Fauna Bio partners with UW Oshkosh in search for novel therapies for disease

Collaboration seeks to translate disease resistance strategies found in the animal kingdom into new treatments for human disease.

Fauna Bio, a biotechnology company pioneering the fields of comparative, computational and translational genomics, has announced a partnership with the University of Wisconsin OshKosh to accelerate the translation of human therapeutics and disease strategies discovered through research into extreme mammal adaptation.

Longevity.Technology: Through this collaboration, Fauna Bio has provided a $500,000 sponsorship that increases UW Oshkosh’s capacity for biomedical collaborations and helps establish the University as a destination for researchers studying emerging animal models and developing systems to streamline the translation to therapeutics.

“This partnership will advance the work already being done at UWO. It’s an opportunity for our faculty to solidify their position as leaders in this field and to expand our educational opportunities for students,” said Professor John Koker, PhD, Provost and Vice Chancellor at UW Oshkosh [1].

“It’s well accepted that approaches to therapeutics discovery based on research using traditional animal models including mice and rats often fail because these animals do not accurately recapitulate human disease states. But there is enormous potential in studying animal models with natural disease resistance as an alternative strategy to treatment discovery,” said Benjamin Sajdak, PhD, Fauna Bio’s Director of Emerging Animal Models and a UWO adjunct biology professor.

“These efforts are historically under-supported and under-resourced despite the rise of available genomes and technologies to support translational science across a wide range of organisms. This partnership will create new educational opportunities to foster the next generation of scientists in regeneration and disease resistance from local scientific seminars to research and biotechnology internships for students [1].”

Both Fauna Bio and UWO have developed core expertise in the 13-lined ground squirrel (13-LGS), a mammal with remarkable resistance to health problems that afflict humans. The 13-LGS hibernates annually for about six months across autumn and winter months. In preparation for hibernation, the 13-LGS will approximately double its summer weight, yet despite having blood which is highly fatty and reduced in flow, the squirrels can survive multiple heart attacks and strokes. Researchers at both institutions have made impactful contributions in fields of genomics, biology and neuroscience studying this natural phenomenon in 13-LGS.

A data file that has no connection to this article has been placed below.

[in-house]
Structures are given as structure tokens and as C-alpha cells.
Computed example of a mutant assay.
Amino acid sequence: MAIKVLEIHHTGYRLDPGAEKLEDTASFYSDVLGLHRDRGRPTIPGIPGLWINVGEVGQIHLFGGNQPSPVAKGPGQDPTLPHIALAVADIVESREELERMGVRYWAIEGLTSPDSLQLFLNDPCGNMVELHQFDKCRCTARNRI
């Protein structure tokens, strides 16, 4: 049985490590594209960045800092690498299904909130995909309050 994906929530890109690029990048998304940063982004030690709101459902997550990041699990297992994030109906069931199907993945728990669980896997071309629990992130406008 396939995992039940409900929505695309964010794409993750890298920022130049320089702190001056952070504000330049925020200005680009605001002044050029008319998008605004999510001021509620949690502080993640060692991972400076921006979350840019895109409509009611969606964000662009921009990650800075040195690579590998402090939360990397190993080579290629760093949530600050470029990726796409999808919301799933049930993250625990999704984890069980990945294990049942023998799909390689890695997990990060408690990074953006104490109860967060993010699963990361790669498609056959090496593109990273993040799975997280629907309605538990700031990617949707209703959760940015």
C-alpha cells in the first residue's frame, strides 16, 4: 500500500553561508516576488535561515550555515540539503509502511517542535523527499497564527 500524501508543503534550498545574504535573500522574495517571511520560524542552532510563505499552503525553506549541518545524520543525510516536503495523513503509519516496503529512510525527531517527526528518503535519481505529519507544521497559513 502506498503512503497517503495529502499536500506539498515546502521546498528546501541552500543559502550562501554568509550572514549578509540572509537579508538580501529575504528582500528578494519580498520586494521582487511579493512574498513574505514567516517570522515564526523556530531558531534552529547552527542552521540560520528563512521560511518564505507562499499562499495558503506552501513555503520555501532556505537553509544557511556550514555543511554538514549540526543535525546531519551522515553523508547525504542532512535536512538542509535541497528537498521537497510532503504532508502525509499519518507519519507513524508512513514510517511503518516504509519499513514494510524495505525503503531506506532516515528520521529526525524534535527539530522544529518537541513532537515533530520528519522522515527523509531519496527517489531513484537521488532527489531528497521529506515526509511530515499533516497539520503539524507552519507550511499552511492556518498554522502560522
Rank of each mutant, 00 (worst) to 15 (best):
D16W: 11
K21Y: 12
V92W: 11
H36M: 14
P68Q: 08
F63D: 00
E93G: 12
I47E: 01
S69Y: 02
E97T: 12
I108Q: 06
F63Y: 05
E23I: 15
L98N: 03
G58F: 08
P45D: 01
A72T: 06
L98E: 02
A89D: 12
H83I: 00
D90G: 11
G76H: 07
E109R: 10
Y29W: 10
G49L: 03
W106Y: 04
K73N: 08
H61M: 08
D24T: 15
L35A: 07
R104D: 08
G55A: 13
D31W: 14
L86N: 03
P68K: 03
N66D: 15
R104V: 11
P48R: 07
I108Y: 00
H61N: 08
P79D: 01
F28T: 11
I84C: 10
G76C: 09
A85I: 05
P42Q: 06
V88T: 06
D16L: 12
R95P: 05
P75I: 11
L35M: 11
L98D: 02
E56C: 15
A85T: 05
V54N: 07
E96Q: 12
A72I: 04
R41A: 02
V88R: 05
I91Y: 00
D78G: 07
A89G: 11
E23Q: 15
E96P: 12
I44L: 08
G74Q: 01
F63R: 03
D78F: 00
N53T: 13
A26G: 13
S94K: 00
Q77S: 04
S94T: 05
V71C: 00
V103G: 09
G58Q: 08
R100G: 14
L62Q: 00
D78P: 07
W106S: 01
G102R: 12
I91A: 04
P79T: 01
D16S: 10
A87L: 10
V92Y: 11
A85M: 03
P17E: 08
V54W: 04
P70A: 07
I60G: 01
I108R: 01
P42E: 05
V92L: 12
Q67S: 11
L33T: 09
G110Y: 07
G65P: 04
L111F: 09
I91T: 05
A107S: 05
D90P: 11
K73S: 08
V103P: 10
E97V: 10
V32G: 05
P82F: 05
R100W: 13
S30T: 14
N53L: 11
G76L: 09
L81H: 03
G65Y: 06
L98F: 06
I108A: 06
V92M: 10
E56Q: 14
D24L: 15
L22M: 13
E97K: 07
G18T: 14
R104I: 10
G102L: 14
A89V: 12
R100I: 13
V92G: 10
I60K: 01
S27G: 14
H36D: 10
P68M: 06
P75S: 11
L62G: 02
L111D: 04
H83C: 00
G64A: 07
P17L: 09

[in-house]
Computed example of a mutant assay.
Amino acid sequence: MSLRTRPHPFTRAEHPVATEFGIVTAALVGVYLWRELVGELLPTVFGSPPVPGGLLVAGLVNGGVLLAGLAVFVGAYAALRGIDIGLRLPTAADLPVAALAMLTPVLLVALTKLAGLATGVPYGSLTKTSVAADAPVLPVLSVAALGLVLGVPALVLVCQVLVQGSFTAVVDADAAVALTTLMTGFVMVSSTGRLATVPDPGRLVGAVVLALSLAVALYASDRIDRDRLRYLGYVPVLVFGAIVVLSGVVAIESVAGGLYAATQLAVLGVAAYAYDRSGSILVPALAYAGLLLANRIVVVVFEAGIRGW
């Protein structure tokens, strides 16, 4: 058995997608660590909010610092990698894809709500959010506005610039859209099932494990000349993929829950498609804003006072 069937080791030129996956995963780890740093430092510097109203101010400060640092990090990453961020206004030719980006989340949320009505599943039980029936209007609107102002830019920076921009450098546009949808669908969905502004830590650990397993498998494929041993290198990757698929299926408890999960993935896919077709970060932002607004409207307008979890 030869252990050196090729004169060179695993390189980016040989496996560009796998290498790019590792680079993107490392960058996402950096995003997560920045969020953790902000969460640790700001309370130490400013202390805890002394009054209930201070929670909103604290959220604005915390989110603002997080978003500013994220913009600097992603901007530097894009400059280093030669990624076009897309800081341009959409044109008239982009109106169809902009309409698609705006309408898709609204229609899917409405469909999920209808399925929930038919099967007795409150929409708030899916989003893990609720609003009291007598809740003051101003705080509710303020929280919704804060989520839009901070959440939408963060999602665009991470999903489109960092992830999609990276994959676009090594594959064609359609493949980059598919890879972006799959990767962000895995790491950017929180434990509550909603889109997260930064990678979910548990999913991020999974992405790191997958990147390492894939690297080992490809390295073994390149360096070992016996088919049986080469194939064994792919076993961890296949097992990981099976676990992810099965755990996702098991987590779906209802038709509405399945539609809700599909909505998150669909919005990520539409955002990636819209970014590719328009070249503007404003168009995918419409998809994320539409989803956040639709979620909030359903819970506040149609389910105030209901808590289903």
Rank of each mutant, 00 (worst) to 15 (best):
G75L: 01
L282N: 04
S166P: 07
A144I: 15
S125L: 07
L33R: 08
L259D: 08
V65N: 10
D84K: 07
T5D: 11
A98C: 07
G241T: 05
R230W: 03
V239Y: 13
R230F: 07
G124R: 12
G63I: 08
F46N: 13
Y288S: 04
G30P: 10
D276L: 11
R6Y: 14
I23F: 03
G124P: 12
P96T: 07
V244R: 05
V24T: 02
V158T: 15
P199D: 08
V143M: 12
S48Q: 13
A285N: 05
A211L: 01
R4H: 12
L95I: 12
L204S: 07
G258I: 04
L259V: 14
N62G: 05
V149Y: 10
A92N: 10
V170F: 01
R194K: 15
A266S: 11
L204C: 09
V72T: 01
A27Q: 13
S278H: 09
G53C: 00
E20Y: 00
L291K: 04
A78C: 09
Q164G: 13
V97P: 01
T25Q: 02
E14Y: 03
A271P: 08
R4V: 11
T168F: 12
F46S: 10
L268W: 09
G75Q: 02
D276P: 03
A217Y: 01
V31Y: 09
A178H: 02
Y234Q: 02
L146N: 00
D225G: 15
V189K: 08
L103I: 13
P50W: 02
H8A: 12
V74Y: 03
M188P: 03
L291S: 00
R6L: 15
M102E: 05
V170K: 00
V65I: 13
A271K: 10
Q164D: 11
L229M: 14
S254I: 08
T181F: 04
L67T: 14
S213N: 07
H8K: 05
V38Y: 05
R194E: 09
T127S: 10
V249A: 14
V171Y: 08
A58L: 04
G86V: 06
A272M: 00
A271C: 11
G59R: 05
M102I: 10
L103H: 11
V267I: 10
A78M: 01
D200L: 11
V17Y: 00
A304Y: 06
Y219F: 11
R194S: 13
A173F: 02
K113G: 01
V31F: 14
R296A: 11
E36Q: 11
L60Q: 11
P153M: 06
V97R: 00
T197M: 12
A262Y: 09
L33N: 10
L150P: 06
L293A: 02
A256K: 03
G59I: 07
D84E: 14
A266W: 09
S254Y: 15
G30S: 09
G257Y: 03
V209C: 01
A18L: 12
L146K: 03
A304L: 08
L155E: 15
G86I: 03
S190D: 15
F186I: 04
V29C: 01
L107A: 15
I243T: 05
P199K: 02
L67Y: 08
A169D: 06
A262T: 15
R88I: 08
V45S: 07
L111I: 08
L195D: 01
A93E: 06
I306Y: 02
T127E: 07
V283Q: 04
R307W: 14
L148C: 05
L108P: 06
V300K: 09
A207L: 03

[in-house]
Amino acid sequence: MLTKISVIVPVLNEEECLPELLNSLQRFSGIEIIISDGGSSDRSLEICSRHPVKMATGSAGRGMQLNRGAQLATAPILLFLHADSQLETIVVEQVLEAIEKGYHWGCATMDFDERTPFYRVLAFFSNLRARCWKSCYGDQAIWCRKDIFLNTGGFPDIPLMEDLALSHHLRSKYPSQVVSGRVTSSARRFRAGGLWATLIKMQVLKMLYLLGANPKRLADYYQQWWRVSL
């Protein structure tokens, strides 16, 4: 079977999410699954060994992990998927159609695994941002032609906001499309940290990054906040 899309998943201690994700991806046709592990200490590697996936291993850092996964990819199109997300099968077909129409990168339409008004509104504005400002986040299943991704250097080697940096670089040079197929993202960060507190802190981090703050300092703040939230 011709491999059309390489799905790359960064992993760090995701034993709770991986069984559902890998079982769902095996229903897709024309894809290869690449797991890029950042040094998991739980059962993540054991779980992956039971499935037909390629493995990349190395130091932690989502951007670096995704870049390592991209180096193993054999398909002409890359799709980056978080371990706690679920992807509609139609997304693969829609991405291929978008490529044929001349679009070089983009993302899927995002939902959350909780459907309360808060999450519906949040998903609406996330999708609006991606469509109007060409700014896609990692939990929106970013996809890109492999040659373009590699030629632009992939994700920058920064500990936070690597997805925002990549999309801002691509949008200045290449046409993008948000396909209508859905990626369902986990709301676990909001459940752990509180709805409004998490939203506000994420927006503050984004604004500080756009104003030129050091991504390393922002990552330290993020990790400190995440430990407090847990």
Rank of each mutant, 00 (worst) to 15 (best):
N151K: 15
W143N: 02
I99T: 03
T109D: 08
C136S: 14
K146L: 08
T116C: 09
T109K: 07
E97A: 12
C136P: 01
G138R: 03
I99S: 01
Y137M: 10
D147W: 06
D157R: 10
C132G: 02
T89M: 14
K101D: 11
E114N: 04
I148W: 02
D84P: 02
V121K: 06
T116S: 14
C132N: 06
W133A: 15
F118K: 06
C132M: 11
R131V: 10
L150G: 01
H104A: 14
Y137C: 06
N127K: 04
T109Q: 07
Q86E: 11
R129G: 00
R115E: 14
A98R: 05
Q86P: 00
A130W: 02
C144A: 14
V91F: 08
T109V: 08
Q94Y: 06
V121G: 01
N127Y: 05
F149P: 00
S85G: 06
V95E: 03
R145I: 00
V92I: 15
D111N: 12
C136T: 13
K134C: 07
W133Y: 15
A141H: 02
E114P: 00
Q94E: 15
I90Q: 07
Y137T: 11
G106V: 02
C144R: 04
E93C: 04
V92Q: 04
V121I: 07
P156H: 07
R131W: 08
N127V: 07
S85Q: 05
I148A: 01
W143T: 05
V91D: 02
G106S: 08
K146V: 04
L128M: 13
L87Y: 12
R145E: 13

The intended work will support, develop and grow the current UWO 13-LGS colony while pursuing a mutual interest in identifying the protective mammalian genes that allow the 13-LGS to avoid health problems during hibernation.
Fauna co-founders Katie Grabek, Ashley Zehnder and Linda Goodman.

The intended work will support, develop and grow the current UWO 13-LGS colony while pursuing a mutual interest in identifying the protective mammalian genes that allow the 13-LGS to avoid health problems during hibernation. UWO will maintain ownership of the 13-LGS. The Fauna Bio pipeline aims to discover these genes and develop treatments that can have a large protective effect on human disease states.

“With the ability to prospectively design studies and collect samples at precise physiological time-points, the collaboration with UWO will enrich and enhance our own internal biobank datasets and no doubt lead to more novel insights on how species like the 13-lined ground squirrel resist developing human pathologies. This will help us develop more therapeutic programs and ultimately treat human diseases,” said Katharine Grabek, Fauna Bio’s Chief Scientific Officer [1].

Neurophysiologist Dana Merriman began UWO’s 13-lined ground squirrel breeding colony in 2003 to support the work of her visual system research. She is the only scientist to have been successful with the 13-LGS to be bred and raised in captivity.

Merriman retired in June 2021 but continues to work at UWO on National Institutes of Health-funded and contract research. Her primary involvement with Fauna Bio will be recruiting additional UWO faculty and students for the project and working to optimize operations and detail written protocols for raising the colony. She said the collaboration with Fauna Bio offers UWO global visibility and the opportunity to connect with scientists around the globe.